Jan/san Interview: John Garfinkel

Jan/san is a great sector for OP resellers to get into, that's already been proven. But the two categories working closer together also benefits the cleaning industry itself, says ISSA's John Garfinkel.


When it comes to the topic of cleaning, John Garfinkel knows what he’s talking about. As Executive Director of ISSA, the US-based worldwide trade association for the cleaning industry, Garfinkel and his team represent all channels in the industry, from manufacturers to distributors and resellers to building contract service providers and in-house decision-makers.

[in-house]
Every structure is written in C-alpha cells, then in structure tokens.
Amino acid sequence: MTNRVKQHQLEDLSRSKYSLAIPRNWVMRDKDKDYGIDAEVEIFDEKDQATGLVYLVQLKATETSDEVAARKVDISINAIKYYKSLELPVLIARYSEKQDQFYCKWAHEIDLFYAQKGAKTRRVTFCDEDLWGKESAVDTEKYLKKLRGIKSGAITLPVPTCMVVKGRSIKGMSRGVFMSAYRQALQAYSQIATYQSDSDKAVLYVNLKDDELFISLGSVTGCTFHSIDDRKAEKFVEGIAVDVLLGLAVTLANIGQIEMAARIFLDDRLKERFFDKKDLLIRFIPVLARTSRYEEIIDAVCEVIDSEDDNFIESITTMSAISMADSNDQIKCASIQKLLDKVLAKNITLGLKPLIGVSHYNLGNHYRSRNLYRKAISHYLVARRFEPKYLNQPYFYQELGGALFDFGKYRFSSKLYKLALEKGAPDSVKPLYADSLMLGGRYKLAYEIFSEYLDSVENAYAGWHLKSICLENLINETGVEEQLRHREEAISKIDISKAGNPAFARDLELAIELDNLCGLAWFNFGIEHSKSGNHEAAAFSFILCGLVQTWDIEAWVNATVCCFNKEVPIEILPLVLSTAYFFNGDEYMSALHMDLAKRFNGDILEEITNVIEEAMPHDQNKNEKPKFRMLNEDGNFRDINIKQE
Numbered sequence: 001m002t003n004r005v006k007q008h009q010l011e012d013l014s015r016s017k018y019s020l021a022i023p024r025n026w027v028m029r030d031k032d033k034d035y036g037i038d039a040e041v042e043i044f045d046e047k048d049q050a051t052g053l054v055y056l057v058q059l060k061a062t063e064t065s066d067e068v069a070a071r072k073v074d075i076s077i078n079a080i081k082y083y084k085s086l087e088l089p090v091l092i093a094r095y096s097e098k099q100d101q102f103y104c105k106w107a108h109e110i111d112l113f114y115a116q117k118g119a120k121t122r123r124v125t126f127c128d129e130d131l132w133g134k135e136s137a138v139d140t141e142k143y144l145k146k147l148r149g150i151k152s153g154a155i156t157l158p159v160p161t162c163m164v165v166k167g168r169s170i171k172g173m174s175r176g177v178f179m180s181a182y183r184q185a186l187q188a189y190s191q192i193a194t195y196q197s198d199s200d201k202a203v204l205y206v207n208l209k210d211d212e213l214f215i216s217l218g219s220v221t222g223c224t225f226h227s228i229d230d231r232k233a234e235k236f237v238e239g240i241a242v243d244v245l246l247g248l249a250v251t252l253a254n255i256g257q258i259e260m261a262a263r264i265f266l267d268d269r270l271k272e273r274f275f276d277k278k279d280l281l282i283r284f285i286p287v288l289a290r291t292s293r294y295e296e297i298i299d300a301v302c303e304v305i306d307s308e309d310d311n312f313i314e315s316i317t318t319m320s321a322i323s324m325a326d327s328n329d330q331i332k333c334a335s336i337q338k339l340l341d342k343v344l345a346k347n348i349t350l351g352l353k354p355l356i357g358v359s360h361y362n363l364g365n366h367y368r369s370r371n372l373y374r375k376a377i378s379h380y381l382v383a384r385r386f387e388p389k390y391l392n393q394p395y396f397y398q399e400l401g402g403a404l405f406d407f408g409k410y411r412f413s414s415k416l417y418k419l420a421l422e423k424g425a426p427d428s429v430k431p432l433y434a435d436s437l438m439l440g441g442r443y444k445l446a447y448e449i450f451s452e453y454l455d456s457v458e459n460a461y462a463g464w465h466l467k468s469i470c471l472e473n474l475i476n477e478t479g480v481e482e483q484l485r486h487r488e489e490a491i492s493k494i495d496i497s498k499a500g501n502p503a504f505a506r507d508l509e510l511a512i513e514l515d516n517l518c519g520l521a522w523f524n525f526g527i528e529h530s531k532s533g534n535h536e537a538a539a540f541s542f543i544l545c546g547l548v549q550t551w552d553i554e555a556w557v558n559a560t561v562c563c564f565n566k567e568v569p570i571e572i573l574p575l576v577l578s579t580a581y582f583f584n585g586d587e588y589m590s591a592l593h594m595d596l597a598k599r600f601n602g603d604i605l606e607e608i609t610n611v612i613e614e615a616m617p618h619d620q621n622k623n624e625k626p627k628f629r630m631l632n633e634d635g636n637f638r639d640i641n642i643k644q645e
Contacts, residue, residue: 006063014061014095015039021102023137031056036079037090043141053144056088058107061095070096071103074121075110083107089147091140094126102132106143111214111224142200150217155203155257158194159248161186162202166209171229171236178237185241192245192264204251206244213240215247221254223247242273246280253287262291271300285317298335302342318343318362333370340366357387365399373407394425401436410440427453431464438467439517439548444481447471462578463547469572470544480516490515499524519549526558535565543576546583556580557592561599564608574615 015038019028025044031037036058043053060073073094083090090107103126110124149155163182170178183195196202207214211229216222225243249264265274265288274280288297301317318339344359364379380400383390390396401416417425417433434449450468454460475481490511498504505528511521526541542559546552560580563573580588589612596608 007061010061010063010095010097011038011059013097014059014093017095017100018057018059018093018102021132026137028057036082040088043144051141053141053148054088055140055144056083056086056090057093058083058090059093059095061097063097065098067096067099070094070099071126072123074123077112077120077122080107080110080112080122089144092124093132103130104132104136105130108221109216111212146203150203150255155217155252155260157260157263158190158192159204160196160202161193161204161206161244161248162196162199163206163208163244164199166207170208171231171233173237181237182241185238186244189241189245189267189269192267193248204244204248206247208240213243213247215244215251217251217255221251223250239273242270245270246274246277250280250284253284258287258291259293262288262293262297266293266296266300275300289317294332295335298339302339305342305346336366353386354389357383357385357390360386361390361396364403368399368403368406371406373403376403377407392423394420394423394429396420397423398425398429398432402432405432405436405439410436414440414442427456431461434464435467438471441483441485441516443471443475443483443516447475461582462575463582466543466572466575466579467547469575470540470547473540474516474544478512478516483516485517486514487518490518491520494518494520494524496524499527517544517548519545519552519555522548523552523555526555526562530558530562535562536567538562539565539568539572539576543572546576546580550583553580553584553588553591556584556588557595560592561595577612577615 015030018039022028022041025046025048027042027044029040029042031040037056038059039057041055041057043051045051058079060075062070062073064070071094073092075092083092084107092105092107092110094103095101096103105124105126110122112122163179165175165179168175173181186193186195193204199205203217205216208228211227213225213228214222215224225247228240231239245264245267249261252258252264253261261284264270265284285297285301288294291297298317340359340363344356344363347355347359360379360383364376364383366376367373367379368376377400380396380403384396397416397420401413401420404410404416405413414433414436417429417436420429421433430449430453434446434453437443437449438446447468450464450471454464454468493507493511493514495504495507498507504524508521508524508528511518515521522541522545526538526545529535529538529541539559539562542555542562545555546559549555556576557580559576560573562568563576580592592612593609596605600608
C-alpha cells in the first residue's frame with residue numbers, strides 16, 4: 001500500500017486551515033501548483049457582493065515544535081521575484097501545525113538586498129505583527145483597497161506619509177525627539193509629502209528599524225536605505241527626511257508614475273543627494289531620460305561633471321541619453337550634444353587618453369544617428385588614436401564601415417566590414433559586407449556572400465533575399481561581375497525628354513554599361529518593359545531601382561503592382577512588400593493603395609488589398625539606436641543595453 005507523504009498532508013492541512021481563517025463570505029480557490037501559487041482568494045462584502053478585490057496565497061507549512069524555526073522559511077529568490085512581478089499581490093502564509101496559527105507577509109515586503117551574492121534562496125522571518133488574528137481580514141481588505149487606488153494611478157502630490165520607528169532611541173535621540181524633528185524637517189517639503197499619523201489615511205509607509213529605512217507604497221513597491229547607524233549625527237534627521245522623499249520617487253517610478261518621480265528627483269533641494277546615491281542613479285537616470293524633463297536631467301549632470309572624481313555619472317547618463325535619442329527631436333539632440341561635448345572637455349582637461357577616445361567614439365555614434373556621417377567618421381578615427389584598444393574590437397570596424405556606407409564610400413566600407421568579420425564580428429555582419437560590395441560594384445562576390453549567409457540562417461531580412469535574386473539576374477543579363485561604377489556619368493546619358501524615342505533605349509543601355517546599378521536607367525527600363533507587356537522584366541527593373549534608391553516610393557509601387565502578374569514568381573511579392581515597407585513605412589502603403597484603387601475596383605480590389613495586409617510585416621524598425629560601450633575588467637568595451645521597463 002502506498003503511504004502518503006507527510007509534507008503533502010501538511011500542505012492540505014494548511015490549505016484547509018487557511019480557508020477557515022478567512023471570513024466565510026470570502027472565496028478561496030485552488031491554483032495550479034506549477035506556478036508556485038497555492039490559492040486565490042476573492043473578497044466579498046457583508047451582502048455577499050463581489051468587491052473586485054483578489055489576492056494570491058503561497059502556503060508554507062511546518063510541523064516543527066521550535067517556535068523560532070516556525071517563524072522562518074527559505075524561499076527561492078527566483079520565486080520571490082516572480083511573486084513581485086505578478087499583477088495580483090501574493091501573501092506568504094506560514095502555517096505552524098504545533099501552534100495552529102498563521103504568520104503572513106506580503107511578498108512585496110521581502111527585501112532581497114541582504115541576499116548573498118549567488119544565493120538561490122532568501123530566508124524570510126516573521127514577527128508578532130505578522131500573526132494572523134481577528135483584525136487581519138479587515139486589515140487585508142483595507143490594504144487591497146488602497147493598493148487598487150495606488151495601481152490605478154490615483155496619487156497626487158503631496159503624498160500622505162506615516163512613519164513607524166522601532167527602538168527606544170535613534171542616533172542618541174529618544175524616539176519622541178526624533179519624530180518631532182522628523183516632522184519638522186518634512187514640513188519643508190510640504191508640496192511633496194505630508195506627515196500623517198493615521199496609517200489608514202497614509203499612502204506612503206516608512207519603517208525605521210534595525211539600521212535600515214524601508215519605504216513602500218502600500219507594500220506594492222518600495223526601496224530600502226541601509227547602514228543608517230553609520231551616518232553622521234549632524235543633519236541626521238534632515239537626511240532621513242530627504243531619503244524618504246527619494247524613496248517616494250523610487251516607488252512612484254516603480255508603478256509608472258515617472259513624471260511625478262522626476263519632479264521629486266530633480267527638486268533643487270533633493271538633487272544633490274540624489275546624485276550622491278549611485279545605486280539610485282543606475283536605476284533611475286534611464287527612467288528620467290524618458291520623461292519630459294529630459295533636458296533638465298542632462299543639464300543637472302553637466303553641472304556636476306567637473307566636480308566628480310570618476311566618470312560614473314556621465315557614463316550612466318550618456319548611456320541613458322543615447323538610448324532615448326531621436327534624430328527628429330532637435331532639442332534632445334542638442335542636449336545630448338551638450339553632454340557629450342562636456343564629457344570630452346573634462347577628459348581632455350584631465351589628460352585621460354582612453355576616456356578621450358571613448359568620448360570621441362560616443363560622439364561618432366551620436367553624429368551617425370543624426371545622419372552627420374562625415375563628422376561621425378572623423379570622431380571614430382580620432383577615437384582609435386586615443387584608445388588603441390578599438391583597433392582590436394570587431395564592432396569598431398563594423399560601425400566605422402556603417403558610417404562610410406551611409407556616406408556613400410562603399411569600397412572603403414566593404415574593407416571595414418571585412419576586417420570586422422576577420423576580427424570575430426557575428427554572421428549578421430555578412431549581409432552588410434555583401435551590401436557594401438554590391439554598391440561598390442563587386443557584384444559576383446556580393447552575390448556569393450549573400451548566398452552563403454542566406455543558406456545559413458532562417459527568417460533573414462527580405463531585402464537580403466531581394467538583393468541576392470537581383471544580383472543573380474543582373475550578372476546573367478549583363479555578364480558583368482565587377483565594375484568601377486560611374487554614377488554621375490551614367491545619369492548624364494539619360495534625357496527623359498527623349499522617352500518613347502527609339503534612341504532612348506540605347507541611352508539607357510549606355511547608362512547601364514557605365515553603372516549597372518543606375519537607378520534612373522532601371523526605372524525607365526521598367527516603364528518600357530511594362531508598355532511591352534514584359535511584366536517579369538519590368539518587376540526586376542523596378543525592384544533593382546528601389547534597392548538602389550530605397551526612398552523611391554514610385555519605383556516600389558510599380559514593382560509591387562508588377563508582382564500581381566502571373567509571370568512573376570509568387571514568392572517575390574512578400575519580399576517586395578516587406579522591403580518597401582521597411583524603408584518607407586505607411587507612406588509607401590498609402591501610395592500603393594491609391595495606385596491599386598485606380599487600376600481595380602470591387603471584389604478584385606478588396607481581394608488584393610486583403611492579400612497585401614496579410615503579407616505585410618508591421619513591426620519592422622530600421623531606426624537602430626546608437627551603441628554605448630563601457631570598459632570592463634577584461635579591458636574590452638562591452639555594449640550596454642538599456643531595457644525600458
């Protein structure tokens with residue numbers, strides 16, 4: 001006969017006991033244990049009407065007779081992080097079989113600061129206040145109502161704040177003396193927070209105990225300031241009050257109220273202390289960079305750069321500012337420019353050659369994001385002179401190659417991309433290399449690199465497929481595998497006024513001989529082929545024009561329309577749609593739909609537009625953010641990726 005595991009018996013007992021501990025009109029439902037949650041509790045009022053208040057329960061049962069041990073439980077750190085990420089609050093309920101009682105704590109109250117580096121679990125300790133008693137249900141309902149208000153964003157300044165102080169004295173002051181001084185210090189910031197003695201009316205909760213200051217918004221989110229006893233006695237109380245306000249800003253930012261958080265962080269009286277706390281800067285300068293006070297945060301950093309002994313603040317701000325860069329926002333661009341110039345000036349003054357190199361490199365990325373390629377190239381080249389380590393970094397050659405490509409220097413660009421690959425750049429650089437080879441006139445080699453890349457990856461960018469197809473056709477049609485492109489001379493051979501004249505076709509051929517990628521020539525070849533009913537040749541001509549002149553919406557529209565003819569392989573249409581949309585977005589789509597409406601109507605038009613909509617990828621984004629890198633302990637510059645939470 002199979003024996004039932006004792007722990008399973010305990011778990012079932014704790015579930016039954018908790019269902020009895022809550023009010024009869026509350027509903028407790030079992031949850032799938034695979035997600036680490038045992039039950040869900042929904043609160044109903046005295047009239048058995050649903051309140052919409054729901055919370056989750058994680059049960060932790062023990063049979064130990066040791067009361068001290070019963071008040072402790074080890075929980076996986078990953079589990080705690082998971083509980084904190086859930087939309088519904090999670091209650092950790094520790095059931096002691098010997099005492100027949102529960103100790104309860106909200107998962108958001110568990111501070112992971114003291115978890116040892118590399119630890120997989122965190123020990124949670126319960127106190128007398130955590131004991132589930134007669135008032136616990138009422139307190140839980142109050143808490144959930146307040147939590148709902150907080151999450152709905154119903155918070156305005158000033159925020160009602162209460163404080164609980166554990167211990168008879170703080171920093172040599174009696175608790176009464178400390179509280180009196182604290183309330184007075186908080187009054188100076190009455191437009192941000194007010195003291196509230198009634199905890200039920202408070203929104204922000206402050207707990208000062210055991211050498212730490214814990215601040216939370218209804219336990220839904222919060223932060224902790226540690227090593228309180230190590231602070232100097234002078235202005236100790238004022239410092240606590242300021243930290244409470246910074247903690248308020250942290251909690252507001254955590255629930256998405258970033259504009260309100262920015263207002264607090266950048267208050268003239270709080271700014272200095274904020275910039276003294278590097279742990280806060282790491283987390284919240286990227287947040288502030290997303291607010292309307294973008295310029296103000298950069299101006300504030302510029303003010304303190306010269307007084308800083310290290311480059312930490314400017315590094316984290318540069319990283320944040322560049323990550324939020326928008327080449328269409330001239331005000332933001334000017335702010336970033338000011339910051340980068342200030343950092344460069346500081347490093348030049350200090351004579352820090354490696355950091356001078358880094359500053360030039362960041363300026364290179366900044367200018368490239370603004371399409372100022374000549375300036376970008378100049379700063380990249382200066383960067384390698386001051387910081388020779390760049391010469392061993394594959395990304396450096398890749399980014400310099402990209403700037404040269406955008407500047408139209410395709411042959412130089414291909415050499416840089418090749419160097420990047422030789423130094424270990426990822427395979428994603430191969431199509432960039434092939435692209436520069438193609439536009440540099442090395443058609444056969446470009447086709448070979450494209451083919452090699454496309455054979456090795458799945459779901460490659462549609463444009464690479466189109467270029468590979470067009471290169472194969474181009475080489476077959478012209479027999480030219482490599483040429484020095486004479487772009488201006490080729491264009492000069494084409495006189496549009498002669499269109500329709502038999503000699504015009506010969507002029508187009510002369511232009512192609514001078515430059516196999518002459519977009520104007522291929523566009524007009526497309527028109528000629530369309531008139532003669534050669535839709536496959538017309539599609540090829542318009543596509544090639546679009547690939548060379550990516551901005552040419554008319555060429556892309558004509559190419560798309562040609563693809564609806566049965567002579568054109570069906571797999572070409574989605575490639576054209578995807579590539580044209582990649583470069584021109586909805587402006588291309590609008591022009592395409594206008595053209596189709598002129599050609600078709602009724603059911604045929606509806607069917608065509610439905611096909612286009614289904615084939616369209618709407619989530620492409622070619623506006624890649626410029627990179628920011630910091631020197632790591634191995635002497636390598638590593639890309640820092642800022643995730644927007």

OP players from all channels have shown an ever increasing interest in getting a slice of the commercial jan/san cake – the US portion of the industry alone is estimated to be in the region of $25 billion – over the past couple of years in particular.That’s why ISSA and its members are keen on creating greater awareness of the value cleaning brings to the facilities sector. If this cross-fertilisation results in more collaboration between the two sectors, all the better…

OPI: John, let’s start with a fairly generic question: how would you describe the global cleaning industry today?

John Garfinkel: Well, firstly I think it’s important to point out that most people don’t think about cleaning a great deal, certainly in a commercial environment. They take it for granted that something is clean unless they notice otherwise, so the cleaning industry’s most important mission is to create awareness of the impact that cleaning has on human health and on the environment.